An expansion of mental health support for people in, or at risk of entering, the criminal justice system will ultimately help to create safer communities, says Jesuit Social Services.
The Victorian Government has announced its 2017/18 Budget will provide $43.9 million in capital funding to expand Thomas Embling Hospital, and $28.6 million over four years to provide support to people at risk of entering the justice system, includingspecialist mental health support for young people aged 16 to 24 both in custody and in the community.
“The strong links between poor mental health and criminal behaviour are well known,” says Jesuit Social Services CEO Julie Edwards.
“Almost half (49%) of people who enter prison have a diagnosed mental illness, and around the same percentage of people in prison have experienced two or more forms of disadvantage such as drug and alcohol problems or homelessness which can exacerbate an existing mental illness.”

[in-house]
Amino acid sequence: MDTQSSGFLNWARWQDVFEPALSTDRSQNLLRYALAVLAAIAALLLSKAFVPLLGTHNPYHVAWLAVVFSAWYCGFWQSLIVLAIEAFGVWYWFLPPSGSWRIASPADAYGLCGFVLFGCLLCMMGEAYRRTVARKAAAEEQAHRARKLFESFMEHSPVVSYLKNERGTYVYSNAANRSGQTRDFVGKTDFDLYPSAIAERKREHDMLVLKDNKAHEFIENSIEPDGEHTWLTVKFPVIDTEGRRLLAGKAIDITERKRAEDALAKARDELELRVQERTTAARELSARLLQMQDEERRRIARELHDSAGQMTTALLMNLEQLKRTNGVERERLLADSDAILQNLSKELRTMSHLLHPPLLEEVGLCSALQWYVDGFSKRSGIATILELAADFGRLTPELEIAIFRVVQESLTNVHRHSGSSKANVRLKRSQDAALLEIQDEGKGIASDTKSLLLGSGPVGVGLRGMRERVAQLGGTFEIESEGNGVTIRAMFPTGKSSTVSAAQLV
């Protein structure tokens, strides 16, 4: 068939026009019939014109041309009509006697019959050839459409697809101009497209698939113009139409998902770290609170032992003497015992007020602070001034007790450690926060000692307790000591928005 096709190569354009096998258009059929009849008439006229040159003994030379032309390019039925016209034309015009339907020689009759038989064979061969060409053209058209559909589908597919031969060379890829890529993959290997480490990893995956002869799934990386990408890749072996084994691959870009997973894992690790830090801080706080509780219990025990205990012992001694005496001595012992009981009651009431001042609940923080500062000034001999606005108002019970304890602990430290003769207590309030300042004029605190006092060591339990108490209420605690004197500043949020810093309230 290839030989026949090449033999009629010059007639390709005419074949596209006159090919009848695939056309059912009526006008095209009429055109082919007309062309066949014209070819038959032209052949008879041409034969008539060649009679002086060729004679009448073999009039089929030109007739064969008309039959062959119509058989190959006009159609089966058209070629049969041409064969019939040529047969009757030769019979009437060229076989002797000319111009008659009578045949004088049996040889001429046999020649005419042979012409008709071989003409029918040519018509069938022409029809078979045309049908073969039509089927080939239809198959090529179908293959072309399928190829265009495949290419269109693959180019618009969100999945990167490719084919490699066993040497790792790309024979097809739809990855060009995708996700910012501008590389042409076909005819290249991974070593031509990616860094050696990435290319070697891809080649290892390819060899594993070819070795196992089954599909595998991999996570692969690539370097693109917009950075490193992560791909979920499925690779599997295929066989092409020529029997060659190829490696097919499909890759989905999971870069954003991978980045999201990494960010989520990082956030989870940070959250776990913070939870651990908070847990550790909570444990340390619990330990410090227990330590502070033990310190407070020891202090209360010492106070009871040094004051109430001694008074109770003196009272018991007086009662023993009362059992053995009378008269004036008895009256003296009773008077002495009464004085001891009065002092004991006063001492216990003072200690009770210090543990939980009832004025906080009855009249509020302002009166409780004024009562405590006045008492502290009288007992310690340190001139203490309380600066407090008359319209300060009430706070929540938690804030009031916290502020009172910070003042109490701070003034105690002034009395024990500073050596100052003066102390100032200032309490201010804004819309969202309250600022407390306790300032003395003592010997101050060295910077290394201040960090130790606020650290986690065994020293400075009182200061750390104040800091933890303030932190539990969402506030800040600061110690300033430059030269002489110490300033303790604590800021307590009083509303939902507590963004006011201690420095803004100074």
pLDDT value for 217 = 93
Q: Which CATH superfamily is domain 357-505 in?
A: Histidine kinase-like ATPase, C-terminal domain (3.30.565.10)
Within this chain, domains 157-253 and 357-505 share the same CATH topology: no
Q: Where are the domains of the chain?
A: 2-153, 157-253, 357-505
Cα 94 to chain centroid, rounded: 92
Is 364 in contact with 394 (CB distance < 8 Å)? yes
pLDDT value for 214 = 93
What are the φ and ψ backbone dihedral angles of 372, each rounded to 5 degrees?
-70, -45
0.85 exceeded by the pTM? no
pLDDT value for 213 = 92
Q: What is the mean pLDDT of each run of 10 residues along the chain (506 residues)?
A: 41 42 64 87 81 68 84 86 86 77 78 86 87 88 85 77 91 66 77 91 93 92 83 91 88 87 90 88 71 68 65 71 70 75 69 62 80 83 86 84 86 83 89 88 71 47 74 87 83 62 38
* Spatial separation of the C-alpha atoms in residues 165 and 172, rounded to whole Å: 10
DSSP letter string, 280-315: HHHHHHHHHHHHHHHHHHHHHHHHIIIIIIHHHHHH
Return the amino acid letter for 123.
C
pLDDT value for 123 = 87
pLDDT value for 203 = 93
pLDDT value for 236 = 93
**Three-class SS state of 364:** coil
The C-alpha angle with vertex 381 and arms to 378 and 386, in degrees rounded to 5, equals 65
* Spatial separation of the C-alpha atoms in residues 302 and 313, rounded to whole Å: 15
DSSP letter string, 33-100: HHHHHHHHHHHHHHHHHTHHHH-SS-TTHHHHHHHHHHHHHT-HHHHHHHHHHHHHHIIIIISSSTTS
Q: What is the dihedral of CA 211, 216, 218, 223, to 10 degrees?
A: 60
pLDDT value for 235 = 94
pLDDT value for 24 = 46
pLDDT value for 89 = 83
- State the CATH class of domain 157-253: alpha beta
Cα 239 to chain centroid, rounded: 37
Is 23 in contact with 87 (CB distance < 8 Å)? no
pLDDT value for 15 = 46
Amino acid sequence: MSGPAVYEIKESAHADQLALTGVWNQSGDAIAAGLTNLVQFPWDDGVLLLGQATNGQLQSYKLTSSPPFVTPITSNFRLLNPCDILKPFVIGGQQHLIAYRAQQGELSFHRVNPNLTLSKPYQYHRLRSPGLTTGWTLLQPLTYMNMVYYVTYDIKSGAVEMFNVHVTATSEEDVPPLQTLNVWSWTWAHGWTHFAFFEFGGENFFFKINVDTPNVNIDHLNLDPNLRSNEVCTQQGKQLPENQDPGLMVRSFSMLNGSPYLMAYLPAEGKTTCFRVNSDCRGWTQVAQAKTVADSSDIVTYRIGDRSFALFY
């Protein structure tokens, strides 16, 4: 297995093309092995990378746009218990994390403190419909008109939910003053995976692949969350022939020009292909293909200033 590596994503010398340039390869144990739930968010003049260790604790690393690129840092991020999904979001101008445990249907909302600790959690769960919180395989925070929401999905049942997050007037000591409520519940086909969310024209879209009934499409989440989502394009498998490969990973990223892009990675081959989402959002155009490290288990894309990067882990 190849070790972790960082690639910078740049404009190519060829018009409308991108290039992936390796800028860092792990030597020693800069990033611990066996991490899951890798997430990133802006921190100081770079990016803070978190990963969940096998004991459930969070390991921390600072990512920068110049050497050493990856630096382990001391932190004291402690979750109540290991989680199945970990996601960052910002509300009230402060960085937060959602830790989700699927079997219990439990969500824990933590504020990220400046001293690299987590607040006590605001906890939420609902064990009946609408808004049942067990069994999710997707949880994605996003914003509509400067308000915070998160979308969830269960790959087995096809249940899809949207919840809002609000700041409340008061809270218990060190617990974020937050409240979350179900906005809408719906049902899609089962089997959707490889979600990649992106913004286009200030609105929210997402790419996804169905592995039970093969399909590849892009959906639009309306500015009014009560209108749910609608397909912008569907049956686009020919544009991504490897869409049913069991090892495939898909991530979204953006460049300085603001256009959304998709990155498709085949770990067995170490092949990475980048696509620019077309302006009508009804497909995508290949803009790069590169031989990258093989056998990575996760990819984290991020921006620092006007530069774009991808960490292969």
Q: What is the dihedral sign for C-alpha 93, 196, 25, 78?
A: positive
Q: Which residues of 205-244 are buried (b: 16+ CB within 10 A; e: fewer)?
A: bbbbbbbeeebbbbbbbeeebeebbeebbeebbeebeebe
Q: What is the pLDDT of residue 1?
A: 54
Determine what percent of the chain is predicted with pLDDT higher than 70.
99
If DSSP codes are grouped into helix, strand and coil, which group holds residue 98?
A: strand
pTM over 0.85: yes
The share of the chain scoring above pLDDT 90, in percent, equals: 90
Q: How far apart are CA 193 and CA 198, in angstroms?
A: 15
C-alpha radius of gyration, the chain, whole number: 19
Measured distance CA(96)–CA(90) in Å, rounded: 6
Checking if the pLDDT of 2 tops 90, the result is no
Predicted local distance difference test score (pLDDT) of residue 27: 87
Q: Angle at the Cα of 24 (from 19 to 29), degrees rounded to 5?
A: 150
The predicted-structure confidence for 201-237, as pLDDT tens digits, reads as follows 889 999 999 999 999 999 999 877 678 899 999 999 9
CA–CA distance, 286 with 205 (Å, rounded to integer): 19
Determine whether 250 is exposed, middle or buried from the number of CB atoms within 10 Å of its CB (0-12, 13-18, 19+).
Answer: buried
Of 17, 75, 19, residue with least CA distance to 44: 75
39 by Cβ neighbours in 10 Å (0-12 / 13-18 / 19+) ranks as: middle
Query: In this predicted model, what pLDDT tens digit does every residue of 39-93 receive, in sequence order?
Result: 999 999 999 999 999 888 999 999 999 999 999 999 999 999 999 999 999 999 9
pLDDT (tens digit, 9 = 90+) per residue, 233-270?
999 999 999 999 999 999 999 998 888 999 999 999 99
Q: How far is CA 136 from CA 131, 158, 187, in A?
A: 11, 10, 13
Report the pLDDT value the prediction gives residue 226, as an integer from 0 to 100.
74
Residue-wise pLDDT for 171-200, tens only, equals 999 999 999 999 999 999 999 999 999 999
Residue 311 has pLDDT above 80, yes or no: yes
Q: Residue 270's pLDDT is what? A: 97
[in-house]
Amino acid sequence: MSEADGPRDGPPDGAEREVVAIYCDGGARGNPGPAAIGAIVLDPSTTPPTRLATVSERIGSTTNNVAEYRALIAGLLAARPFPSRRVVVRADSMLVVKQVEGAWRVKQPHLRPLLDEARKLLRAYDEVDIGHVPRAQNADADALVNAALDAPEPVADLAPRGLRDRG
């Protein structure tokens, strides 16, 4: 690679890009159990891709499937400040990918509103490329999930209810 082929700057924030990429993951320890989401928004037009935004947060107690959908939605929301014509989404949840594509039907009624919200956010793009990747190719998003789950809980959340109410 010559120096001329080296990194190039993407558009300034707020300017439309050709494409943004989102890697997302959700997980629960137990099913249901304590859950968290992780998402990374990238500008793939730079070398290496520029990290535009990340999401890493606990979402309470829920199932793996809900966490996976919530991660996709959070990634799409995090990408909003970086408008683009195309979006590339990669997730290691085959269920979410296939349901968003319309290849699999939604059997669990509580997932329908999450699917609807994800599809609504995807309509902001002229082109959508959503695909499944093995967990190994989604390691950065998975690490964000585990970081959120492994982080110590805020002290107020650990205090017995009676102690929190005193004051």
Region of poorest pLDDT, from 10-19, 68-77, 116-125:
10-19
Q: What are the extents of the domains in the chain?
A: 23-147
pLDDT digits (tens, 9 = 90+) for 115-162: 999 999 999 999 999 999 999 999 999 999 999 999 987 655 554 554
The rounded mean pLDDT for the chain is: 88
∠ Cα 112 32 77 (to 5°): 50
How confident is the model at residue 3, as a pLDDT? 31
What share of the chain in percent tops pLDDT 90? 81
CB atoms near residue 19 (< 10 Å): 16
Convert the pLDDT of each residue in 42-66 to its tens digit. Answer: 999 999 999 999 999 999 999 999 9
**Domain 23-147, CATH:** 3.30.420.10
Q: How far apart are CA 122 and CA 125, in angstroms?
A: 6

Ms Edwards says that by offering additional support for people with mental health problems at risk of offending, the Victorian Government can work to prevent crime before it occurs.
“We all want safe and cohesive communities where all members have the opportunity to flourish – and supporting people before they reach the acute end of our health and criminal justice systems is the best way to achieve this.”
In its recent submission to Infrastructure Victoria’s draft 30-year infrastructure strategy, Jesuit Social Services called for ongoing investment to strengthen mental health support in the community, a better integration of mental health, housing and employment services and co-ordinated support for people with co-occurring mental health and drug and alcohol problems.
“These important announcements by the Government ahead of the 2017/18 Budget will go a long way to identifying people in the community who need support, and providing holistic support for high-risk people with complex needs who are involved in the justice system,” says Ms Edwards.
“We also welcome funding of an after-hours mental health service to provide bail hearing support to people at risk of harm to themselves or others.
“The best way to create safer communities is to prevent crime from happening in the first place – and these vital investments will help to achieve this.”
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